Monday, February 8, 2010

cameraless experience so far...

honestly, this isn't remotely what i thought i'd be doing at the start of the semester. cameraless filmmaking is a unique experience. at first, it felt sacrilegious to directly manipulate and alter filmstock, particularly stock that already had footage on it. during the very first exercise, i carefully scratched my section of film, handling it like an archivist. but then i saw some other students footage and they had hacked it up with sand paper, paints, and push pins... and it looked really interesting flying through the projector! my work was a little dull. so my thoughts so far amount to this: i need to play more. i need to allow myself the opportunity to really jack things up. that's been another realization: i worry about "messing up." but there's no possible way to do that here. this class is one grandiose experiment and an opportunity to be inventive. sure, a lot of the manipulation techniques i'll employ won't be home runs, but that's not the point. the ponit is to see what happens.
i have discovered a trick that i wil definitely use again at some point. microsoft publisher and powerpoint are great film tools. publisher offers much control over images (cropping, stretching, saturating, etc), and i've recently discovered that power point can be used as a pre-viz tool. load images and then create a slide slow. it's exciting for me to put those programs (which at one point i had to master for administrative horse squeeze), and put them to creative use instead. one quick for instance: i found a picture of a lovely girl in a swimsuit, and duplicated her image, changed it to b/w, and then created a template for my magazine transfer, all in publisher!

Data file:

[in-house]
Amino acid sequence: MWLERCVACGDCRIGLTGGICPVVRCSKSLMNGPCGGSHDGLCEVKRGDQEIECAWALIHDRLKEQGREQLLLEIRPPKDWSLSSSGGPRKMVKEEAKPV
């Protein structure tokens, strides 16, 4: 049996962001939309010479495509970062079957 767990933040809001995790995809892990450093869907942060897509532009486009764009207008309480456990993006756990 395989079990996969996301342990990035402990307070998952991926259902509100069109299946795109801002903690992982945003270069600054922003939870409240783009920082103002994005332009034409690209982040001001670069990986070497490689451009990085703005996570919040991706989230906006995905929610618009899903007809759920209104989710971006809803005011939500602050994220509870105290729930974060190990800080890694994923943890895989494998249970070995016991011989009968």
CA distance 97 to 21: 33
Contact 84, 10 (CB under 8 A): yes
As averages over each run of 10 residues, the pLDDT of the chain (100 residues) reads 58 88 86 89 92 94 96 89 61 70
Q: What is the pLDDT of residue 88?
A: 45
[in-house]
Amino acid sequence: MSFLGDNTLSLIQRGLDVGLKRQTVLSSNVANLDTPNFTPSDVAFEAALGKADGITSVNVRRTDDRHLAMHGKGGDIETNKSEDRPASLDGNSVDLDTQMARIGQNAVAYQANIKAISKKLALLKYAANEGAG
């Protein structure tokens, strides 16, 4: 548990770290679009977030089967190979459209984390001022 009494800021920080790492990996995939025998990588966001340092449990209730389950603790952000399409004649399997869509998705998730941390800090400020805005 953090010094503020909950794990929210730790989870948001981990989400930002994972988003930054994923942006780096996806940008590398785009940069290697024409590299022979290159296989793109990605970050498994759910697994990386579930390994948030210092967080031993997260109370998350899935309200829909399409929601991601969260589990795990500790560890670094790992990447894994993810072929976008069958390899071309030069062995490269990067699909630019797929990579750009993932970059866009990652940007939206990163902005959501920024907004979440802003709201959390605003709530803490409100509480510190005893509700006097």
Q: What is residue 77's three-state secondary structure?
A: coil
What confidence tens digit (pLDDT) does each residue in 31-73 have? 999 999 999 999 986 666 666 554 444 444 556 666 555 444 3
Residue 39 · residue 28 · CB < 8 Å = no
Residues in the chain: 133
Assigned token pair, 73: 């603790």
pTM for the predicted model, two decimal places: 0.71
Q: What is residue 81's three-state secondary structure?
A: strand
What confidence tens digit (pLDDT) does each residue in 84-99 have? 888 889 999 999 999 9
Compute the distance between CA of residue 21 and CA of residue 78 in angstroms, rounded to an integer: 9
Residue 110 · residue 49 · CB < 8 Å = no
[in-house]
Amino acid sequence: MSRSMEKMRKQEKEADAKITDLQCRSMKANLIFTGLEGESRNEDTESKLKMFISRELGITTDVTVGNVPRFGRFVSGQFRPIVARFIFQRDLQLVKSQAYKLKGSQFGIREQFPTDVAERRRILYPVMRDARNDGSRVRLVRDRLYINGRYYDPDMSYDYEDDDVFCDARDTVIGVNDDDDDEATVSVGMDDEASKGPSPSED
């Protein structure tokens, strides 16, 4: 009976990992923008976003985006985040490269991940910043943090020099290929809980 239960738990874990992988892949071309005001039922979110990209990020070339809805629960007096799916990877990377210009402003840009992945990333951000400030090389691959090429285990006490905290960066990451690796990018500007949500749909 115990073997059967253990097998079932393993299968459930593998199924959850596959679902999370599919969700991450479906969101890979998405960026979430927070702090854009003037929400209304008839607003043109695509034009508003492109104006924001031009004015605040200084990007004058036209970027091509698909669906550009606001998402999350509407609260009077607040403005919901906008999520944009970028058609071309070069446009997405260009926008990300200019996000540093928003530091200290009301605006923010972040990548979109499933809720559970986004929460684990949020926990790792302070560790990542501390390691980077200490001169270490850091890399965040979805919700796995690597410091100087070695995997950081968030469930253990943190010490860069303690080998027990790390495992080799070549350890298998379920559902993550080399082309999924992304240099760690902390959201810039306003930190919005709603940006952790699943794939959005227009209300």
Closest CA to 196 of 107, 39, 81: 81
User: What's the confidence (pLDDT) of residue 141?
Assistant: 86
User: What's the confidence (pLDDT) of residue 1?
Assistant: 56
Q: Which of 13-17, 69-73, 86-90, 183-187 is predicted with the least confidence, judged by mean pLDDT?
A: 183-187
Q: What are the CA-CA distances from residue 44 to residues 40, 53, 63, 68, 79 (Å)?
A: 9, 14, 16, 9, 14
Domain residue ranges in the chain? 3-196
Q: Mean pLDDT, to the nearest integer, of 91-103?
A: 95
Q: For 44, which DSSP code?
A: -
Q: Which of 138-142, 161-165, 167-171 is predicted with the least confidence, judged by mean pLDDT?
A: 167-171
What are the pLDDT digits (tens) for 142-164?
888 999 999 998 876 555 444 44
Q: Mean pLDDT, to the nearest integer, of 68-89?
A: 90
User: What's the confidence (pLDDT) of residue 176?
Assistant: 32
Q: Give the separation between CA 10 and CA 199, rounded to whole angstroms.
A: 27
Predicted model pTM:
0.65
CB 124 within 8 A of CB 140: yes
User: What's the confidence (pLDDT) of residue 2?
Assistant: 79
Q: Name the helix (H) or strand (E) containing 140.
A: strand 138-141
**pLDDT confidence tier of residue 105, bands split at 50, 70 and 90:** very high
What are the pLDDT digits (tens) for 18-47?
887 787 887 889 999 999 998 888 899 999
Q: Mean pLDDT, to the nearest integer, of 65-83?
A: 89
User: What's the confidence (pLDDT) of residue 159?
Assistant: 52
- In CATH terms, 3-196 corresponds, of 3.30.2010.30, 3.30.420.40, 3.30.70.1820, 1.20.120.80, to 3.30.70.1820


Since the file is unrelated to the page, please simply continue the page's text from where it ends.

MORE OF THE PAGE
moving forward, i think i'll continue to gain more confidence with my experimentation, but the major concern I have at this point is that i don't know what is due when. that's my most pressing goal, to make sure I have my deadlines in place. i once read that the best part of film school is meeting people and having deadlines. otherwise nothing ever gets finished!